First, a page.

Go Higher: London & The South East: Just the job: in London and The South-east

Click to follow
Indy Lifestyle Online
ONE REASON for taking a degree in London or the South-east is that you can find part-time and casual work to help bankroll your studies. Students in the region have no problem getting jobs - in burger bars, shops or petrol stations, or as childminders, drivers or cheap office help.

Many students work in term-time as well as in vacations. Gay Humphrys, head of the careers service at Greenwich University, south London, says it's quite rare to find a student who isn't working while studying. "Students need to work to fund themselves," she says. "We would like to think they are gaining skills and experience as well that will help them later in life when it comes to finding permanent employment."

The University of Greenwich has a job shop which posts vacancies for campus jobs - stuffing envelopes, conducting telephone surveys and helping with open days - as well as jobs at Bluewater Shopping Mall and the Millennium Dome. Students are keen to work for the uni, says Gay Humphrys. The careers service, for example, pays pounds 5.40 an hour - good money for casual work.

Almost all student unions help undergraduates to find temporary employment, whether by hiring students themselves or advertising vacancies. The University of London Union, for example, has a wide range of jobs for students running the ULU facilities in Malet Street. They include bar work, cooking, clearing tables, working a cash till, selling, and being a lifeguard. Pay is pounds 3.75 an hour which is the legal minimum wage. These vacancies are advertised through noticeboards in halls of residence and in student newspapers.

University careers services are also in the business of helping students find part-time work during their courses. City University is about to start a student employment service database, envisaged as a seamless operation, providing students with part-time, temporary, vacation work and work experience. At present students at City do anything from filling petrol tanks at night to working in solicitors' offices during the vacation.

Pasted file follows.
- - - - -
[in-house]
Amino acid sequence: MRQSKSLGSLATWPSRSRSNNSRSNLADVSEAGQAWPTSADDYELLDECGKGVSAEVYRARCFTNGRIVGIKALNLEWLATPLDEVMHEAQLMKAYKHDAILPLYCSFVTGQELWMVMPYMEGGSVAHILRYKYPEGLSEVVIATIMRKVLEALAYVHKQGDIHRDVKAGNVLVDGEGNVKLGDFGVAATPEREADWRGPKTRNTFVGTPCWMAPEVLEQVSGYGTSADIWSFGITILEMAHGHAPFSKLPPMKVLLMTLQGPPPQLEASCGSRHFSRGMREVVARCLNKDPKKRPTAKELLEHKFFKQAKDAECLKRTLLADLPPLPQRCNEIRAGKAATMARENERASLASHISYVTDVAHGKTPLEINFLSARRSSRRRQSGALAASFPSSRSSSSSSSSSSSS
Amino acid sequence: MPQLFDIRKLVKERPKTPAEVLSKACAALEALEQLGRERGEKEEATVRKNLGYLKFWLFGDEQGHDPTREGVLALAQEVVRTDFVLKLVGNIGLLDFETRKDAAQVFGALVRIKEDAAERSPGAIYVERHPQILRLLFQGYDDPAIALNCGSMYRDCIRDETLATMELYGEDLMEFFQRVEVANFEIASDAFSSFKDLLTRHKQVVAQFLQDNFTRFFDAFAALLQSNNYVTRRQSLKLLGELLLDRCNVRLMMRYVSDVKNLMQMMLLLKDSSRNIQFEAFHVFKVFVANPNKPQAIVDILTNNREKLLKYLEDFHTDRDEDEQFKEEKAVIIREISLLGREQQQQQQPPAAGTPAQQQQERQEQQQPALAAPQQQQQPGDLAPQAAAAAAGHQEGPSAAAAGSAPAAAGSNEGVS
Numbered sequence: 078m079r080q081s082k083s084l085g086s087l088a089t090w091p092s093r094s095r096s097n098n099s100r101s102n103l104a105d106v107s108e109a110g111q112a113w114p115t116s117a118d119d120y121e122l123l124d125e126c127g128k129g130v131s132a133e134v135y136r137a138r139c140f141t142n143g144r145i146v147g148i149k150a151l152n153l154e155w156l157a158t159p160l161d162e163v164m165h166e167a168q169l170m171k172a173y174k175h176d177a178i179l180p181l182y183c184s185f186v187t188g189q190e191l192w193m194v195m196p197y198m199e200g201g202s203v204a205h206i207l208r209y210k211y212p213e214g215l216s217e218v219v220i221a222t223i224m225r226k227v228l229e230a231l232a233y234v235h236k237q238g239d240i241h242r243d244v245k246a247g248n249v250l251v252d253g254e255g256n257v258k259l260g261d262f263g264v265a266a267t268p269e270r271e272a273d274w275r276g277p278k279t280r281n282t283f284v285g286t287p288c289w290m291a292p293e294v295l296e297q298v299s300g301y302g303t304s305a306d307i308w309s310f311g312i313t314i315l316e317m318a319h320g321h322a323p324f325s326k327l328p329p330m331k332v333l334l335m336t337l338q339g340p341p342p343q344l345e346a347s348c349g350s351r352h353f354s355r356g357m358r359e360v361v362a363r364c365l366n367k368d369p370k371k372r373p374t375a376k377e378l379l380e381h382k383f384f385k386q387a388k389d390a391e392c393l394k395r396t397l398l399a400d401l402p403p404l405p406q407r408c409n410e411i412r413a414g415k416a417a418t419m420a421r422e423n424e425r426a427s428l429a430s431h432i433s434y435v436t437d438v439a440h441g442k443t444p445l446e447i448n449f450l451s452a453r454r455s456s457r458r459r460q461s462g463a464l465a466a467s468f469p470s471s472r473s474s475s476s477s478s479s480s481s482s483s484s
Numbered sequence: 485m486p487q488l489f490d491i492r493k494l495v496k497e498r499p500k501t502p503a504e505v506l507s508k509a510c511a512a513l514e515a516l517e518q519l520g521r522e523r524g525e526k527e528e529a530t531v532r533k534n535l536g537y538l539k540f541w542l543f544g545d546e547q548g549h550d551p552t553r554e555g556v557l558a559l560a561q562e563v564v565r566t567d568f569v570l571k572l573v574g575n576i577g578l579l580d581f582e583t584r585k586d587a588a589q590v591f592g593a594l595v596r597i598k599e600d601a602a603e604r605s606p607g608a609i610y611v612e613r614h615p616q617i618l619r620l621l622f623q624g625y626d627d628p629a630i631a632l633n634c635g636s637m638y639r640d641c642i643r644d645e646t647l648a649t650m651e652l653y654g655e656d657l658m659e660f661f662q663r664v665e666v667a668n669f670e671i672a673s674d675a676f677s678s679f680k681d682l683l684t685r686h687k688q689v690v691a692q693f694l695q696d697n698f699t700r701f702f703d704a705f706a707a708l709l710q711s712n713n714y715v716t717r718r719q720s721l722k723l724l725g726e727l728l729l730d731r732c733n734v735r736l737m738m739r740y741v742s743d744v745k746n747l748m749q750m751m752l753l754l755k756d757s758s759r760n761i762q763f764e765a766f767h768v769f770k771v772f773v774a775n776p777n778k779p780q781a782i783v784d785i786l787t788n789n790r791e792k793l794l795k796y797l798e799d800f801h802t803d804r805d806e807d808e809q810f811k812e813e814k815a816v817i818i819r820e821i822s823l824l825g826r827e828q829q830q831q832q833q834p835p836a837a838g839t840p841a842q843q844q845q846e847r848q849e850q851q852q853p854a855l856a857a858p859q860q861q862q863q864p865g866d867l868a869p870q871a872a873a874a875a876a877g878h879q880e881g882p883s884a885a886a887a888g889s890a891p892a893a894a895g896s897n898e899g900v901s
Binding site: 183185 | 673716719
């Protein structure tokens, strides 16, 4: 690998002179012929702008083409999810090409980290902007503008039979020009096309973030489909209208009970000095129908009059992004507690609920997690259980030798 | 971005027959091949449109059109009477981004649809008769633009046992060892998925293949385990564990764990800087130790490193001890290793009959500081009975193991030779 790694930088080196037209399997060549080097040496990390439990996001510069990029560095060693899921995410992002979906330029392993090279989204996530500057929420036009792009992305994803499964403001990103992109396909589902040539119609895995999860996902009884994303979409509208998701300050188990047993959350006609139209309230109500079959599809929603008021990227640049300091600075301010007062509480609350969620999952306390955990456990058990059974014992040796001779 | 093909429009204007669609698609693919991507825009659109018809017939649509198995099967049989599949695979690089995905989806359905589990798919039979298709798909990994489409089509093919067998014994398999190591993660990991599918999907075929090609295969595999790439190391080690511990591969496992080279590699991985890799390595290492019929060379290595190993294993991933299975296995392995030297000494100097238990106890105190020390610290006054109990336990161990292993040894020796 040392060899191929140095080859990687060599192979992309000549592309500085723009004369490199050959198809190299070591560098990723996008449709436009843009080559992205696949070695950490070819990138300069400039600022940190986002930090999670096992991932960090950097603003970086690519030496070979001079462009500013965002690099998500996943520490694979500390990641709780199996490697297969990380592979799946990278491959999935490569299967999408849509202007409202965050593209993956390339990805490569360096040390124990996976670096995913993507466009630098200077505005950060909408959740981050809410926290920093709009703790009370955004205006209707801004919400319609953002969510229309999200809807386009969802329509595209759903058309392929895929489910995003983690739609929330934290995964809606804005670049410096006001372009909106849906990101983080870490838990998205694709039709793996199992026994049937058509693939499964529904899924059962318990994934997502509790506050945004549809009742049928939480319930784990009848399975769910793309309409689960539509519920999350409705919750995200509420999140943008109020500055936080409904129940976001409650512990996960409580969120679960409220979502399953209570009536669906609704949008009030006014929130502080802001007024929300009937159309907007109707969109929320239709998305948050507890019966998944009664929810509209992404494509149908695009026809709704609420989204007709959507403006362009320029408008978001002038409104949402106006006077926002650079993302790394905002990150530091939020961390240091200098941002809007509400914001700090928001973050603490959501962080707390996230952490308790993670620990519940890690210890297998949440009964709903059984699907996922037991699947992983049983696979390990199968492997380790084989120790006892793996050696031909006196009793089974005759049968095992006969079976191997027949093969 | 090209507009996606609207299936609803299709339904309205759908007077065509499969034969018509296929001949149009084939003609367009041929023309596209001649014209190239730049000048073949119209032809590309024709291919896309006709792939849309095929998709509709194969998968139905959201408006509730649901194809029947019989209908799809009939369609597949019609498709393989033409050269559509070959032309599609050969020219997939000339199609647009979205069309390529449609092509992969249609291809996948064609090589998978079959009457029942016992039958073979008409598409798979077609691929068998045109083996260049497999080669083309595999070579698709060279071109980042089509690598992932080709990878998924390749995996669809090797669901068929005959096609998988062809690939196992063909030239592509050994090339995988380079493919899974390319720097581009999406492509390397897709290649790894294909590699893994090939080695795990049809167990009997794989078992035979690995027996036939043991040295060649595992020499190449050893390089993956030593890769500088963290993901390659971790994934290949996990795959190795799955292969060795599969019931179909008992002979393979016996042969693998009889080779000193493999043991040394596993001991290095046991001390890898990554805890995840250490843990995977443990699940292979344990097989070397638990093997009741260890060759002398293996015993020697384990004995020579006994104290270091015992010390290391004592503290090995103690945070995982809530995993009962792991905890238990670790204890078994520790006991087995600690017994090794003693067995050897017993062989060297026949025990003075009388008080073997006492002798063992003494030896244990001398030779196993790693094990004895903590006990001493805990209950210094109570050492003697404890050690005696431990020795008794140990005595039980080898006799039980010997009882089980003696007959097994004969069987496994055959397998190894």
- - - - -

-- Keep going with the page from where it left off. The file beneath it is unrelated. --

In the future, City plans to put all students' details on computer and match them to firms as well as helping students to weave their PT and temporary work into their career planning. "We know students need jobs for money," says Ruth Cohen, head of the careers service. "But we'd like them to reflect on the skills they get from that too - transferable, key skills - so we'll get them to identify skills they're developing through part-time work."

City University has vacation work schemes with local employers. These are essentially work experience schemes. The university has arrangements with Citibank and with legal firms in the area that offer legal vacation work to law students. "This kind of thing is very attractive to employers because it gives them a way of identifying potential recruits early on. Students like it because they don't have to take a year out, as they do with an industrial placement, and they get a bit of money in the holidays."

Students at Kingston University can find part-time work via a vacancy bulletin published fortnightly. They get jobs in Sainsbury's and Waitrose, as well as in bars. If they are lucky, they may be taken on for short- term assignments during the vacations - doing a marketing project or developing a database. "They can apply skills they have learnt on their courses," says Jan Stow in the careers service. "We say that all part-time work is relevant to the transferable skills they need for employment and that they should never look at a job with a negative attitude."

Lucy Hodges